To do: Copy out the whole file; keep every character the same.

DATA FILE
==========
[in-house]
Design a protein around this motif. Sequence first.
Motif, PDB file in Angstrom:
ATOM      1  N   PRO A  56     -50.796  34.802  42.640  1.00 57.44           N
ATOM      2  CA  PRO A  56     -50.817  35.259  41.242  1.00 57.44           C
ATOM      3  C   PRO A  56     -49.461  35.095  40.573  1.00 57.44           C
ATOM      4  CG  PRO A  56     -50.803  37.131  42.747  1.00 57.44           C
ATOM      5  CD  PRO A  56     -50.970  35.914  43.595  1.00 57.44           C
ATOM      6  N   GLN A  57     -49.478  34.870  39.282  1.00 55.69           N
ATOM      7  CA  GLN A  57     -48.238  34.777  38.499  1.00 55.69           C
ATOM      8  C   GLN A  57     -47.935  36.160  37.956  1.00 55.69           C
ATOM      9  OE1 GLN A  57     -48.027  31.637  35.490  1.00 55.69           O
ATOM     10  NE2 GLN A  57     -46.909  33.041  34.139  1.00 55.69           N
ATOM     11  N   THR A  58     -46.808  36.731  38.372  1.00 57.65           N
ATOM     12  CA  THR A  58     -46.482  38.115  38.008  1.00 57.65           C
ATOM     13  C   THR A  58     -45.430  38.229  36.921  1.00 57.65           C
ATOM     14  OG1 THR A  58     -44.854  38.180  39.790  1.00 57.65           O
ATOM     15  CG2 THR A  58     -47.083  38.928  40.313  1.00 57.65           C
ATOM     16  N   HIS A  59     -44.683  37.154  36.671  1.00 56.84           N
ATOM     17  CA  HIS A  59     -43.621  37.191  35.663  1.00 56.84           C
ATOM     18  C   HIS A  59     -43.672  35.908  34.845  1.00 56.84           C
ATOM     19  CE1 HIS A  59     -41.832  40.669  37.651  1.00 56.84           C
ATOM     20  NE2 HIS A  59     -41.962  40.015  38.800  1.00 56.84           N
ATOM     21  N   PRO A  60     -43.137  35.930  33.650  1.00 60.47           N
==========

[in-house]
Design a protein around this motif. Sequence first.
Motif, PDB file in Angstrom:
ATOM      1  N   PRO A  56     -50.796  34.802  42.640  1.00 57.44           N
ATOM      2  CA  PRO A  56     -50.817  35.259  41.242  1.00 57.44           C
ATOM      3  C   PRO A  56     -49.461  35.095  40.573  1.00 57.44           C
ATOM      4  CG  PRO A  56     -50.803  37.131  42.747  1.00 57.44           C
ATOM      5  CD  PRO A  56     -50.970  35.914  43.595  1.00 57.44           C
ATOM      6  N   GLN A  57     -49.478  34.870  39.282  1.00 55.69           N
ATOM      7  CA  GLN A  57     -48.238  34.777  38.499  1.00 55.69           C
ATOM      8  C   GLN A  57     -47.935  36.160  37.956  1.00 55.69           C
ATOM      9  OE1 GLN A  57     -48.027  31.637  35.490  1.00 55.69           O
ATOM     10  NE2 GLN A  57     -46.909  33.041  34.139  1.00 55.69           N
ATOM     11  N   THR A  58     -46.808  36.731  38.372  1.00 57.65           N
ATOM     12  CA  THR A  58     -46.482  38.115  38.008  1.00 57.65           C
ATOM     13  C   THR A  58     -45.430  38.229  36.921  1.00 57.65           C
ATOM     14  OG1 THR A  58     -44.854  38.180  39.790  1.00 57.65           O
ATOM     15  CG2 THR A  58     -47.083  38.928  40.313  1.00 57.65           C
ATOM     16  N   HIS A  59     -44.683  37.154  36.671  1.00 56.84           N
ATOM     17  CA  HIS A  59     -43.621  37.191  35.663  1.00 56.84           C
ATOM     18  C   HIS A  59     -43.672  35.908  34.845  1.00 56.84           C
ATOM     19  CE1 HIS A  59     -41.832  40.669  37.651  1.00 56.84           C
ATOM     20  NE2 HIS A  59     -41.962  40.015  38.800  1.00 56.84           N
ATOM     21  N   PRO A  60     -43.137  35.930  33.650  1.00 60.47           N